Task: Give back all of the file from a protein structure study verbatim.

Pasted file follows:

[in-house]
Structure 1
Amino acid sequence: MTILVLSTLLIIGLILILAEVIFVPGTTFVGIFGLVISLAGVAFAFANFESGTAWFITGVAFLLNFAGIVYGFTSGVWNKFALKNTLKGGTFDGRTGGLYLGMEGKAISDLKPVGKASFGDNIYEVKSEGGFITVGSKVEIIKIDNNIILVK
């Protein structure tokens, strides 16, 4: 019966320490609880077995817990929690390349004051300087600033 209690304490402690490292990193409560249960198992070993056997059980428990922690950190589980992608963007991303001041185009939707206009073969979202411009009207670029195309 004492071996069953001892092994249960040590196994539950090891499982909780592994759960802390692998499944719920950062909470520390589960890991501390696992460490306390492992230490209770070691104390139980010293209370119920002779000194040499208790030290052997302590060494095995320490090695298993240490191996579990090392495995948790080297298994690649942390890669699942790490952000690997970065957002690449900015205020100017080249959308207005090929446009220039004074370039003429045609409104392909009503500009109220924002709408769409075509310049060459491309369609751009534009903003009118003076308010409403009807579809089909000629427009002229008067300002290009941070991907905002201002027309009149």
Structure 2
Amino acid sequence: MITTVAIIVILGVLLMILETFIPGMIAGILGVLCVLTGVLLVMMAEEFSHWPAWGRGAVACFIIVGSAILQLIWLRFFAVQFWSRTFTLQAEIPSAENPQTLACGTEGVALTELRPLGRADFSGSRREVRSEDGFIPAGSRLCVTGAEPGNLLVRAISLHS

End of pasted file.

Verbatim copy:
[in-house]
Structure 1
Amino acid sequence: MTILVLSTLLIIGLILILAEVIFVPGTTFVGIFGLVISLAGVAFAFANFESGTAWFITGVAFLLNFAGIVYGFTSGVWNKFALKNTLKGGTFDGRTGGLYLGMEGKAISDLKPVGKASFGDNIYEVKSEGGFITVGSKVEIIKIDNNIILVK
């Protein structure tokens, strides 16, 4: 019966320490609880077995817990929690390349004051300087600033 209690304490402690490292990193409560249960198992070993056997059980428990922690950190589980992608963007991303001041185009939707206009073969979202411009009207670029195309 004492071996069953001892092994249960040590196994539950090891499982909780592994759960802390692998499944719920950062909470520390589960890991501390696992460490306390492992230490209770070691104390139980010293209370119920002779000194040499208790030290052997302590060494095995320490090695298993240490191996579990090392495995948790080297298994690649942390890669699942790490952000690997970065957002690449900015205020100017080249959308207005090929446009220039004074370039003429045609409104392909009503500009109220924002709408769409075509310049060459491309369609751009534009903003009118003076308010409403009807579809089909000629427009002229008067300002290009941070991907905002201002027309009149």
Structure 2
Amino acid sequence: MITTVAIIVILGVLLMILETFIPGMIAGILGVLCVLTGVLLVMMAEEFSHWPAWGRGAVACFIIVGSAILQLIWLRFFAVQFWSRTFTLQAEIPSAENPQTLACGTEGVALTELRPLGRADFSGSRREVRSEDGFIPAGSRLCVTGAEPGNLLVRAISLHS